Switches toggle on and off, and activity indicators show that a task is being completed. See how to create and customize these controls in this video.
- [Instructor] Here's a simple application that shows a progress bar advancing and it also has what's known as an activity indicator view. Note that this is different from the activity view controller that we looked at earlier. The activity indicator view indicates activity. It's also known as a spinner. So what we want to do is have this spinner stop spinning when the progress bar is complete. So let's return to Xcode and stop the application.
And let's look at our storyboard first. So in the storyboard, I have a progress bar and an activity indicator. With the activity indicator selected in the document outline, go in to head over to the Attributes Inspector and show some of the custom settings that I added to it. For the style, I chose Large White to make it a little bit easier to see. For the color I chose a gray color. If you want to make it a little bit darker so it's easier to see, you could do that as well. And I'm choosing Animating and Hides When Stopped so all we have to do to hide it is to stop it.
Both this and the progress view have already previously been connected to code, so we have them both right here. Let's hide that right area to get a little bit more space, make the code a little more readable, and take a look at viewDidLoad. In viewDidLoad, I set progress view's progress property to zero, and then I created a timer. That's what you're seeing when you see the progress bar animating. This timer creates a block of code that runs every time this time interval is reached.
This is 0.03 seconds. So every 0.03 seconds the code inside of this block runs. So it runs over and over and over again, adding on to the value of progress of the progress view. I also want to point out that when you have code inside of what's known as a block in Swift, you need to refer to any objects that are inside of your class, or variables rather, using the keyword self.
Otherwise, you won't be able to access them. So you need to specifically say that they belong to self. So let's say we want to stop the activity indicator when the progress bar is complete. To do that, underneath this line of code, create an if statement to check to see the value of the progress view. So if self.progressView.progress is greater than or equal to, so a greater than sign then an equal sign, then a one, and then put some curly braces, so open curly brace and then closed curly brace.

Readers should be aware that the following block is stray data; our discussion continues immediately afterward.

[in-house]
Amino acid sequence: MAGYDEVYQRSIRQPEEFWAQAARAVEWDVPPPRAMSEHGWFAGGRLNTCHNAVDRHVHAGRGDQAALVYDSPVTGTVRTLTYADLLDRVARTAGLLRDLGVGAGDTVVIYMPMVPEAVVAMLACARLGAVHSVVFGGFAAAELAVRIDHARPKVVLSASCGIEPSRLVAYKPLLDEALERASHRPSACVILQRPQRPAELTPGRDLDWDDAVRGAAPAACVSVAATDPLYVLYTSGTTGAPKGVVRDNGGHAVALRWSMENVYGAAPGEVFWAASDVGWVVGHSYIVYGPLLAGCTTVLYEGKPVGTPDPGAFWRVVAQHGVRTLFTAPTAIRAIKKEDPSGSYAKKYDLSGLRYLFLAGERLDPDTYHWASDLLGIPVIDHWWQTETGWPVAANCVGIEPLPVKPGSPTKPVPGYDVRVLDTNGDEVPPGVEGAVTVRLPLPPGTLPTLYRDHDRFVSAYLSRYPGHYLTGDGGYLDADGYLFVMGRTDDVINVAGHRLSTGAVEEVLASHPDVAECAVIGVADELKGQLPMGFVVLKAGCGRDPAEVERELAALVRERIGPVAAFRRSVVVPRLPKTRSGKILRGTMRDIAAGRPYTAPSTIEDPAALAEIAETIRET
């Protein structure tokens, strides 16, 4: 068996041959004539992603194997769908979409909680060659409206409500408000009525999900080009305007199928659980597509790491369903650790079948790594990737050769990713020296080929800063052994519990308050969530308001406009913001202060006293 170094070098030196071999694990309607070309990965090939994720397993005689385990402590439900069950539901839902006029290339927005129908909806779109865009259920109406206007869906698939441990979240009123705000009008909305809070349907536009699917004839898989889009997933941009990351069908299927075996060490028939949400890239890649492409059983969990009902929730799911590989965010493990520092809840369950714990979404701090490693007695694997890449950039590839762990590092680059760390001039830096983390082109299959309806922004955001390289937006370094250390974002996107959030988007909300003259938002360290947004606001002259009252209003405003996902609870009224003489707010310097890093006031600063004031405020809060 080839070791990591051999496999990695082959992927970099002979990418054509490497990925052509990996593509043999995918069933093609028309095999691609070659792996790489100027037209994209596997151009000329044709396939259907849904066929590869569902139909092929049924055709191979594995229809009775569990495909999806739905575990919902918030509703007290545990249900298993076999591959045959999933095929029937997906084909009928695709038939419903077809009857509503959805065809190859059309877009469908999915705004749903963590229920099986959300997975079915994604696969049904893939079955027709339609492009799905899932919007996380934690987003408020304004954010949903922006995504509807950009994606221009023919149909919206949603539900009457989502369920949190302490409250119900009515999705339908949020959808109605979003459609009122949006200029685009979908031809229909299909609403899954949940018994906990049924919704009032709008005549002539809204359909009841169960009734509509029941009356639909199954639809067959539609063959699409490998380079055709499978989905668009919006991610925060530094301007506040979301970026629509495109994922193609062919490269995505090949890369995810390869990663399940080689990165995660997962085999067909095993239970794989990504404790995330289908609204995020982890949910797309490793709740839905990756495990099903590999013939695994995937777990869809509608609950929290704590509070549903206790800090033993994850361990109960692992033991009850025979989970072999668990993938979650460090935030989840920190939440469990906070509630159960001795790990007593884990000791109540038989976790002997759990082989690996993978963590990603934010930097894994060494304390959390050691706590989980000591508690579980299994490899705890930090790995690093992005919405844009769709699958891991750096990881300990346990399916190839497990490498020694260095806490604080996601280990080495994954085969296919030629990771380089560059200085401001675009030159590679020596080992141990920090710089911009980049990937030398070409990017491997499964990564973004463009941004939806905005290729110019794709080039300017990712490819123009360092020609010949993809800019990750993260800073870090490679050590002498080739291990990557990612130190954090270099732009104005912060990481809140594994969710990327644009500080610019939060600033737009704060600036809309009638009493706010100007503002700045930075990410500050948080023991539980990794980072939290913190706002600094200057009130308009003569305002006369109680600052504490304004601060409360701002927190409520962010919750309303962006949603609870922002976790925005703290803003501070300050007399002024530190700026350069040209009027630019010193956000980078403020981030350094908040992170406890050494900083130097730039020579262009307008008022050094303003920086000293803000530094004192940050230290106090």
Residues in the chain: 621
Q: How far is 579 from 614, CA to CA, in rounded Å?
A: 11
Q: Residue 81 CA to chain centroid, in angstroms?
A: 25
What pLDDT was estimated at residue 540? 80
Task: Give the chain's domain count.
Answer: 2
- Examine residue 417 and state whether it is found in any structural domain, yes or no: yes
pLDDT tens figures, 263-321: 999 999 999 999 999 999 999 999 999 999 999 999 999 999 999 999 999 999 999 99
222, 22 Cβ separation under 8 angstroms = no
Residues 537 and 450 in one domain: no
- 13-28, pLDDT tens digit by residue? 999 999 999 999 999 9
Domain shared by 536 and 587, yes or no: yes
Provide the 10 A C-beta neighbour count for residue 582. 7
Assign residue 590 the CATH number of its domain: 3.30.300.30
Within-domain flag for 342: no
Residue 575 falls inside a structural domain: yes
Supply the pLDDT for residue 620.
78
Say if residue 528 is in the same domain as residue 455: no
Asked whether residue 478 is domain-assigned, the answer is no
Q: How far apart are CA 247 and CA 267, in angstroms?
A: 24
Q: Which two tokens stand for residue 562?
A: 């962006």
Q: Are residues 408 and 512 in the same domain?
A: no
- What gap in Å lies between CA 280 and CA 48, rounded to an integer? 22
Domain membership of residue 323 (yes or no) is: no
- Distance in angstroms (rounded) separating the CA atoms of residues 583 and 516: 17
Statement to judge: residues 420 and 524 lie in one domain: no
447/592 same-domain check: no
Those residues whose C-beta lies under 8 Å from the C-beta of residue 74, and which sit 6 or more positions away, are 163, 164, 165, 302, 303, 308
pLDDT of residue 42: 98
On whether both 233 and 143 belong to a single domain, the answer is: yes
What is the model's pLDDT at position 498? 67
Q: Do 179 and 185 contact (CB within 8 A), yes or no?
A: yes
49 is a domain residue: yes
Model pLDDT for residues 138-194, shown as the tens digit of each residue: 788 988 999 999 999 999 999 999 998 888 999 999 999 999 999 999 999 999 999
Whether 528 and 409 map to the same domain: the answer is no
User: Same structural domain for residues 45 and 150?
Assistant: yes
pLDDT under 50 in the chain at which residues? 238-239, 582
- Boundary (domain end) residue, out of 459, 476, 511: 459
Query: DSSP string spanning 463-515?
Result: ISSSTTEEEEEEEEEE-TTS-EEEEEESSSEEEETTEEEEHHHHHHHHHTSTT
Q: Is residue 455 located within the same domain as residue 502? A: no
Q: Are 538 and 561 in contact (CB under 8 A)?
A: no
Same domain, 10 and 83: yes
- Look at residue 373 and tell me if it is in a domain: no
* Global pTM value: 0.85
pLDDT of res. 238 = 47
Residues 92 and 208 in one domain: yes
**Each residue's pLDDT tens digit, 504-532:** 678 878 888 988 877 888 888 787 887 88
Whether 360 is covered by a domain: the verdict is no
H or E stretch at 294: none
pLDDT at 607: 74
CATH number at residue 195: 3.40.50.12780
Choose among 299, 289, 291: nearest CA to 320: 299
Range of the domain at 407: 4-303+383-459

And inside of there, we'll first stop the timer. We can reference the timer right here. So we'll stop it with timer.invalidate. Of course that's not related to the activity indicator and the app will still work without it. But whenever you're using a timer like this it's a best practice to make sure that you stop it at some point. On the next line, we'll stop the activity indicator. So activityIndicator dot and then we call stopAnimating.
So if hidesWhenStopped is true, which we can set here if we wanted to, when we stop animating, the activity indicator view will automatically hide. So let's call stopAnimating and run the app now. Notice that I tried to run it without using a reference to self. If you click on the error message it says reference to property activityindicator in closure requires explicit self to make capture semantics explicit. Insert self, and you can do that by hitting the Fix button.
So if you ever see that error in your code, it's because you're referencing variables inside of a block. So you just need to add self before the variable name and it should work. Run the app now and you should see the progress bar move across the screen. When it gets to the end, then the timer stops and the activity indicator view should hide. So the activity indicator view is spinning and it disappears when the progress bar fills up.
So remember, if you want to use an activity indicator view, you can simply put it wherever you want and then when you're done with it, make it stop animating.
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